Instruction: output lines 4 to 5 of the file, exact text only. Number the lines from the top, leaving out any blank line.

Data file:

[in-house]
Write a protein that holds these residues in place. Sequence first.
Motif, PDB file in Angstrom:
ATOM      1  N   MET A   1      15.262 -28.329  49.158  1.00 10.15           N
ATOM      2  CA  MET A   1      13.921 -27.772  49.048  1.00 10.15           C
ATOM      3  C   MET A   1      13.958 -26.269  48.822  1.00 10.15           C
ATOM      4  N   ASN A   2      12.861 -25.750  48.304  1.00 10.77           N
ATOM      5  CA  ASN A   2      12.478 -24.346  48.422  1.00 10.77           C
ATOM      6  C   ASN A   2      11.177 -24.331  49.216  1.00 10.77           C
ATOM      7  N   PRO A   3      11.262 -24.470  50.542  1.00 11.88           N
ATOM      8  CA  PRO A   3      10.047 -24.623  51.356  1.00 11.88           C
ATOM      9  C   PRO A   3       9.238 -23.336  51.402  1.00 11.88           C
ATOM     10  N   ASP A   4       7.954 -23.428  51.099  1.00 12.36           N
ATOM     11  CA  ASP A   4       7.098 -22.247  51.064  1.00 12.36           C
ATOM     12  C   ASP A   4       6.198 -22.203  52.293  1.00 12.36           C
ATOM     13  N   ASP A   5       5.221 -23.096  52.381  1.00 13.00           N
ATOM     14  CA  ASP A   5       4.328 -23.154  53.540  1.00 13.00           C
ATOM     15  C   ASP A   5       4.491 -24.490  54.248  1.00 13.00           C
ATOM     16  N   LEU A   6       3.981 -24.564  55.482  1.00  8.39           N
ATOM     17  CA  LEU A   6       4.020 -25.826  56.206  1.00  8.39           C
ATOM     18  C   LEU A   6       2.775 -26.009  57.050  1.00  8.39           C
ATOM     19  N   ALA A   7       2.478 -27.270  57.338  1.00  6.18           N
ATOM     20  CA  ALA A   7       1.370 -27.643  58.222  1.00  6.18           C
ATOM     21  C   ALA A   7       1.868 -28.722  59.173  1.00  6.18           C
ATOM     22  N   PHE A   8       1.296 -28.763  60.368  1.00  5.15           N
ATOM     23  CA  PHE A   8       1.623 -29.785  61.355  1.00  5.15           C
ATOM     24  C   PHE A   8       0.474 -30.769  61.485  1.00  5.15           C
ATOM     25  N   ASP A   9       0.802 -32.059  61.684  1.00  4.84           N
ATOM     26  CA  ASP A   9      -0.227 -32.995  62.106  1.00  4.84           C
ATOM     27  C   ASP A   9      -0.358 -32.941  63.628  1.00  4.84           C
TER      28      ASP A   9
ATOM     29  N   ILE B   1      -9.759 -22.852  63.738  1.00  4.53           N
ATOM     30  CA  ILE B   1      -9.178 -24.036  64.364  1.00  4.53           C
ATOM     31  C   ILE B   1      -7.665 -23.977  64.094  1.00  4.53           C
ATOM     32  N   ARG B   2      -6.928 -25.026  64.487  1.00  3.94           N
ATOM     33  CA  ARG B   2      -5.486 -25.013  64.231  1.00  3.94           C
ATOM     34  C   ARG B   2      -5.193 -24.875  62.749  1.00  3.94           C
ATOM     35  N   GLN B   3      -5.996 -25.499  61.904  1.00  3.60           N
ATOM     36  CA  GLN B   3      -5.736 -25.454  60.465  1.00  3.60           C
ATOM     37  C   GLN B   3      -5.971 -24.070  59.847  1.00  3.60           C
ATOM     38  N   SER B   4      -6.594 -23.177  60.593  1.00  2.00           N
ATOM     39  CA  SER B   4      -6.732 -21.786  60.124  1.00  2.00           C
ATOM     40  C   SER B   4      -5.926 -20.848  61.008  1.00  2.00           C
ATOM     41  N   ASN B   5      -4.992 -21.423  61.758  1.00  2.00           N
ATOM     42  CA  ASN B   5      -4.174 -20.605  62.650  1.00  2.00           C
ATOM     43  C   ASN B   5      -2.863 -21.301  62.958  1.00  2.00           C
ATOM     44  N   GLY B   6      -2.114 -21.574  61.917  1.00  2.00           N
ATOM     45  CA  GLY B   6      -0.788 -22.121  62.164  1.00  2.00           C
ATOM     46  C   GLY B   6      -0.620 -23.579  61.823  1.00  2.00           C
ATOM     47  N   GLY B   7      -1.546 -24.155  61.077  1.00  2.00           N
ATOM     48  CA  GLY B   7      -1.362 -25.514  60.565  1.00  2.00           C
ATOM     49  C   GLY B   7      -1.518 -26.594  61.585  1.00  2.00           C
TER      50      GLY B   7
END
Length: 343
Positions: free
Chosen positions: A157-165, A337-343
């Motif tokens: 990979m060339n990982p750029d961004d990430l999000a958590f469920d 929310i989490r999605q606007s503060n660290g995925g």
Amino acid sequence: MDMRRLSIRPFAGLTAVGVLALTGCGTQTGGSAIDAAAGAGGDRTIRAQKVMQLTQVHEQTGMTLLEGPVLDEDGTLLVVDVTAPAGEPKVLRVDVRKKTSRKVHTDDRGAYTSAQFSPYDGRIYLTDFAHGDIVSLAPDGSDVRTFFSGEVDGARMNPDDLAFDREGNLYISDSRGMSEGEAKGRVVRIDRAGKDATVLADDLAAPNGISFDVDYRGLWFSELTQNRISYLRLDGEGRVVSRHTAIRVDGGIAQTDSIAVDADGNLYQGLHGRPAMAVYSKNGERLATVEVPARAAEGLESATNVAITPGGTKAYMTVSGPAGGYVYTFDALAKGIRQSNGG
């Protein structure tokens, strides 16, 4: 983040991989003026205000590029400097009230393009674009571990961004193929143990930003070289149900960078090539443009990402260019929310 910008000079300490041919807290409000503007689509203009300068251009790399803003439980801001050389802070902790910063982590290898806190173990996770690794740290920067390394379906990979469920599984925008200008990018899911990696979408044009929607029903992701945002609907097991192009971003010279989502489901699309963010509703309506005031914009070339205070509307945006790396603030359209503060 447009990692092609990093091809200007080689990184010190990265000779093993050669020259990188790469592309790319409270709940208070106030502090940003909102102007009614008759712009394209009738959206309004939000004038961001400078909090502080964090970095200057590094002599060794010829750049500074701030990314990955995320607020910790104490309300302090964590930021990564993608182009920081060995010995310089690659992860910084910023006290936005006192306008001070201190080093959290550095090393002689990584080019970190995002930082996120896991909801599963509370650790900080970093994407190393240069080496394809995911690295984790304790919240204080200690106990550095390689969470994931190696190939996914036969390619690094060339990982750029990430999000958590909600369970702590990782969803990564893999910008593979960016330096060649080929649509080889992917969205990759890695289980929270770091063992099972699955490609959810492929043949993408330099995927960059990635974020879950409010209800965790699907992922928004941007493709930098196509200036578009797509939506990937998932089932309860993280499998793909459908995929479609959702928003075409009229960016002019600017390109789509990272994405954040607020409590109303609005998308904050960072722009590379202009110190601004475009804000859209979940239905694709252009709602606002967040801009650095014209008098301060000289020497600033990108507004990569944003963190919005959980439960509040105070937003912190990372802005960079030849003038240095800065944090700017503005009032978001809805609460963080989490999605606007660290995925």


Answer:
ATOM      1  N   MET A   1      15.262 -28.329  49.158  1.00 10.15           N
ATOM      2  CA  MET A   1      13.921 -27.772  49.048  1.00 10.15           C